Lastly, the gunplay. Sleeping Dogs is NOT a shooter, and it makes that well known as you play through the game. There’s only a handful of story related missions that ever have you use a gun, and when you do it tends to be a generic pistol or assault rifle. With that said, the gunplay is fun. Very fun. There are slow-mo kills, epic enemy disarming attacks, cover-diving, and pretty much everything that made Max Payne fun, minus some of the difficulty.
All of these gameplay types are fine on their own, but they’re best when fused together. Mixing up gunplay and martial arts in a single fight is exhilarating, and having an assault rifle with you while escorting a car allows you to pop the tires of enemy vehicles in slow motion and all kinds of other crazy fun sh*t.
Now that I’ve described the fantastic gameplay styles, I can explain how they are incorporated in-game. There are story missions which bounce between the three, and a huge array of open world missions to complete that cater to each one specifically. There are street races, drug busts, collections, “favors” and police cases, all of which offer a certain degree of leeway in which gameplay style you choose to use, while also forcing you to play a certain way during integral plot points. The only exception to this variety is the street races, where straight-up racing is your only option. And I mean, let’s get real. What fun would races be if I could shoot every other racer’s tires out?… They’d be a lot more fun, actually. Darn it.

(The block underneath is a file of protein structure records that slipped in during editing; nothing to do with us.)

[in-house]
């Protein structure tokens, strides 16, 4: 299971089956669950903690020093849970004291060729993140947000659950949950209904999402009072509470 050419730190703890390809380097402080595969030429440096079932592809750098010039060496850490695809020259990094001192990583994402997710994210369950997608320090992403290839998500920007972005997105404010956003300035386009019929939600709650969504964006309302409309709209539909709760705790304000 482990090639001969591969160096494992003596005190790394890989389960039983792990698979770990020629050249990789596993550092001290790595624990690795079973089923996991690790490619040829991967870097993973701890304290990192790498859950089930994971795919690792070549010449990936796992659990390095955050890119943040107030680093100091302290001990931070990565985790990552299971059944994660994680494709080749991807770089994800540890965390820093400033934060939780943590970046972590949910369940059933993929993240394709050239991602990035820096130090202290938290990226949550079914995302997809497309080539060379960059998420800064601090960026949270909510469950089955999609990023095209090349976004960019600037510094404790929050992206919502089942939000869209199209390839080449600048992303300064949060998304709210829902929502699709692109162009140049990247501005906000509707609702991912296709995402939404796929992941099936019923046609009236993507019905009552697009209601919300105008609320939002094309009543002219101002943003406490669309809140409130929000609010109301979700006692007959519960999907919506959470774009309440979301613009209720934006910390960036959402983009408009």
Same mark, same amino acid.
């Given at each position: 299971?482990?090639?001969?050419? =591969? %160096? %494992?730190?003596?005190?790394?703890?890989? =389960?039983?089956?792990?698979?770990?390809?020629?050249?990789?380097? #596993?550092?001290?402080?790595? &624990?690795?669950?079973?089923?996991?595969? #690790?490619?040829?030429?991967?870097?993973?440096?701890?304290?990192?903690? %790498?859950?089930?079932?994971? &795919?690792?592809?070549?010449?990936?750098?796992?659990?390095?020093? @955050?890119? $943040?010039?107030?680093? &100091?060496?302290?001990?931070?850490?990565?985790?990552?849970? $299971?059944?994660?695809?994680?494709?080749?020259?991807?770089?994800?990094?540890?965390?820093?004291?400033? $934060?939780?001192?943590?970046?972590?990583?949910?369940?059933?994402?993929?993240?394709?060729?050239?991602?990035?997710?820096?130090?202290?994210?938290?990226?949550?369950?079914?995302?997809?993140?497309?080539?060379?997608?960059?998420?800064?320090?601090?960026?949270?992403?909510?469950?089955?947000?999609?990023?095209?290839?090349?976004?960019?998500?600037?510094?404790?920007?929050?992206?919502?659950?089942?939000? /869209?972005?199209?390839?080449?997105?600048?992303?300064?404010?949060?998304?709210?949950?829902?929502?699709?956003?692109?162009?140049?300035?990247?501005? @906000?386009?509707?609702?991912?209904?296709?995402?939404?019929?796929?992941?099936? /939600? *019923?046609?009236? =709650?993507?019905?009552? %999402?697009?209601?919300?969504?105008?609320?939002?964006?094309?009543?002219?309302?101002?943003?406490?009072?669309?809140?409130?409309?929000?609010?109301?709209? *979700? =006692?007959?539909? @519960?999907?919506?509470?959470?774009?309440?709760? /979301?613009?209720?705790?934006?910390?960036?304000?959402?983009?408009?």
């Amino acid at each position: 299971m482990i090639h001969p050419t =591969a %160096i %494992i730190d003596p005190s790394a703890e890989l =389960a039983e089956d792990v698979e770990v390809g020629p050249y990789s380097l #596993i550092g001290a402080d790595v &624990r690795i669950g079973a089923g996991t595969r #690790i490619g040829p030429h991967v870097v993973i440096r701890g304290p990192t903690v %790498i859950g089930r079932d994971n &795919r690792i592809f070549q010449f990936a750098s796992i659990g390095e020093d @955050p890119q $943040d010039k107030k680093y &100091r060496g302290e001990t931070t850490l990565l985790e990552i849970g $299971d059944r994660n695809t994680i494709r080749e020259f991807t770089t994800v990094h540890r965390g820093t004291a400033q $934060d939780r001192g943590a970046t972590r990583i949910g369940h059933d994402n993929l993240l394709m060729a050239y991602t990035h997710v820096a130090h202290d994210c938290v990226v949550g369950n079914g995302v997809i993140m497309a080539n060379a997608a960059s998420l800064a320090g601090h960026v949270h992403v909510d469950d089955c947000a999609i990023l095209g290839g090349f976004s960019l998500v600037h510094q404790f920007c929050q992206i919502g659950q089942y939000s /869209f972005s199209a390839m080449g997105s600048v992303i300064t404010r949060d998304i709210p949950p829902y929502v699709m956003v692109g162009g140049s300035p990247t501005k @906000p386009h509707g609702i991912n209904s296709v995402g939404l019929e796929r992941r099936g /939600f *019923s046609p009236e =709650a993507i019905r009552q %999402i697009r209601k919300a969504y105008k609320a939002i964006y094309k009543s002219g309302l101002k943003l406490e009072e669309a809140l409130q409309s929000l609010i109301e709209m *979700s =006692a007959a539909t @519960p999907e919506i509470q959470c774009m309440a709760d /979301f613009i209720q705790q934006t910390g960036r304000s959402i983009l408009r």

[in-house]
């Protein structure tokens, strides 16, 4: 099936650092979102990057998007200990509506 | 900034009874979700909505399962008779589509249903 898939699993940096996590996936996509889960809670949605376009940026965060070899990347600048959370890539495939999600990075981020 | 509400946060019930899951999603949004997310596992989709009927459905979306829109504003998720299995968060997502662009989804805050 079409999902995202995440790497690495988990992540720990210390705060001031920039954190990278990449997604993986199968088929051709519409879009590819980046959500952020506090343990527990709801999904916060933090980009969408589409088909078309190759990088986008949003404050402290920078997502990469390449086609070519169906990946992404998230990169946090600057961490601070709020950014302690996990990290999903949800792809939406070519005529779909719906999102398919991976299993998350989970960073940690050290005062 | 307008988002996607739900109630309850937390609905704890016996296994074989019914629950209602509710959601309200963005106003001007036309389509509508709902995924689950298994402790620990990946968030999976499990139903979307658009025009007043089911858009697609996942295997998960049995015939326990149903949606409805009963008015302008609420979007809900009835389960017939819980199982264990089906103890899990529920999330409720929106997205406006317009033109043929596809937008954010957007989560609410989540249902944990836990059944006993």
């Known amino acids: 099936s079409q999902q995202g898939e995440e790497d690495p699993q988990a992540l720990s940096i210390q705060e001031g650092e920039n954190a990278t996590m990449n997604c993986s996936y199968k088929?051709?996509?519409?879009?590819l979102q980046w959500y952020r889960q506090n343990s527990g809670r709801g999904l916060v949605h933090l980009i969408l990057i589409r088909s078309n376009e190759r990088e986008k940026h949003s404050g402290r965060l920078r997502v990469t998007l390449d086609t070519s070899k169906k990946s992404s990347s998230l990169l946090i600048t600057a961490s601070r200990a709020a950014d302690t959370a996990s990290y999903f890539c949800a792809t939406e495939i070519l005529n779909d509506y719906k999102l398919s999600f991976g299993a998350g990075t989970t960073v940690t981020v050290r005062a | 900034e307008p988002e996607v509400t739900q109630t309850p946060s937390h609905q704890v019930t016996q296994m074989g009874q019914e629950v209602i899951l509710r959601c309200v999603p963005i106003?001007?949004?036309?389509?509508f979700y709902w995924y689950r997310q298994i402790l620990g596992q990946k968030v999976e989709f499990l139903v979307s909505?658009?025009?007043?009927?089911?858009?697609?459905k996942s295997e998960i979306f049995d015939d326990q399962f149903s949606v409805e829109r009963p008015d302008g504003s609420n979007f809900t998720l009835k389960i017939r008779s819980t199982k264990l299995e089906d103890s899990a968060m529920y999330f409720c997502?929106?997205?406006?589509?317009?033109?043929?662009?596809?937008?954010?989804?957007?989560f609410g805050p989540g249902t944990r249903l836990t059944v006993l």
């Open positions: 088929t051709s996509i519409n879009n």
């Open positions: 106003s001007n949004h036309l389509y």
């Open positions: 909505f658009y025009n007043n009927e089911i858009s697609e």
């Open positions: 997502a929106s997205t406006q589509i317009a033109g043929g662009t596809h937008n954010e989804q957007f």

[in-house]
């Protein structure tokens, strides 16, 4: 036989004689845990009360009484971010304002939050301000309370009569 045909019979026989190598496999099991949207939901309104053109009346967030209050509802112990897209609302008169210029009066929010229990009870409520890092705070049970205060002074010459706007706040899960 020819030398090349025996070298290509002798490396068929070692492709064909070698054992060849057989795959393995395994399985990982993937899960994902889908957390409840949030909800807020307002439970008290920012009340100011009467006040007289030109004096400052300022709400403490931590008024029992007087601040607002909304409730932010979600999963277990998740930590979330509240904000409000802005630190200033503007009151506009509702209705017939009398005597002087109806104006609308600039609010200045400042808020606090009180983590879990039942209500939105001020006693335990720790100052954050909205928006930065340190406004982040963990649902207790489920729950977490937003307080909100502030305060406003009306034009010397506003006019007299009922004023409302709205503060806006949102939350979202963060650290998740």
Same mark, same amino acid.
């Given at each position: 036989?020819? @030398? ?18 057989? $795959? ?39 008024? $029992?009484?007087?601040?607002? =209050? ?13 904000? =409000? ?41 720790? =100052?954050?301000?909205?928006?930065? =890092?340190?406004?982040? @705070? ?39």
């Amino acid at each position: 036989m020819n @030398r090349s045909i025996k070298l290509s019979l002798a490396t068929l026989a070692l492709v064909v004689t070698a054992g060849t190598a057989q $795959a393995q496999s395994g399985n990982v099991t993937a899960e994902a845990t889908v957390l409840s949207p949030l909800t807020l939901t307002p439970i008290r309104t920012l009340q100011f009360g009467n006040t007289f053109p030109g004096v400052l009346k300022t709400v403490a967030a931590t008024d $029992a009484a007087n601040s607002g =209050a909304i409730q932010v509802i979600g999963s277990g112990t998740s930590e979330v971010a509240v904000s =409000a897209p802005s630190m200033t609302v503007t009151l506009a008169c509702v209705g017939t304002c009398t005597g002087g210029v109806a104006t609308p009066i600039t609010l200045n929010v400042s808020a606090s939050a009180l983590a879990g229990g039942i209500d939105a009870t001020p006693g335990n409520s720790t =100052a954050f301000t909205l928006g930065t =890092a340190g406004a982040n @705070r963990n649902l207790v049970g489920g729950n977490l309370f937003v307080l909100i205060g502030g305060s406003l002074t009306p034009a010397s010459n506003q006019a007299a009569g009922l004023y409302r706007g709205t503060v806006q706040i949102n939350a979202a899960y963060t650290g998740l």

The fantastic story oozes over into these side missions, and unlike Spider Man, none of the side content feels even slightly repetitive (aside from drug busts and races…). They all sport unique dialogue and different situations, which makes each one feel like a real encounter and not another scripted gameplay section. It’s a minor thing, sure, but I wish a lot of other games tried to make each mission this unique.
There’s a lot going on in Sleeping Dogs, but I think I’ve summed up the big stuff right here. Since going more in-depth would just sound like rambling, I feel like the only way to really acknowledge this game’s pros and cons is to do a pros and cons list, and you can use it to judge if the game is up your alley.
-Solid plot that gets you invested in Wei Shen’s life
-Fantastic characters that feel like real people
-Best driving since Blur
-Cool environmental attacks
-Unique and meaningful missions
-Kick ass radio music while in cars/boats (I can play Magic by Pilot while having a motorboat shoot out. For real)
-Not a very long open world game, just under twenty hours
-Some weird lip synching during cutscenes, takes you out of experience (just a little)
-controls can be a little flaky at times
-hand to hand combat feels a little stiff
– missions with the ladies never expanded beyond one or two dates
The gripes aren’t very big, and are things that could be easily overlooked by all of the positives. It’s not quite game of the year material, but it’s definitely worthy of a sequel. If you’re a fan of open world games, any of the titles I mentioned above or are just warming up for GTA 5, definitely check Sleeping Dogs out.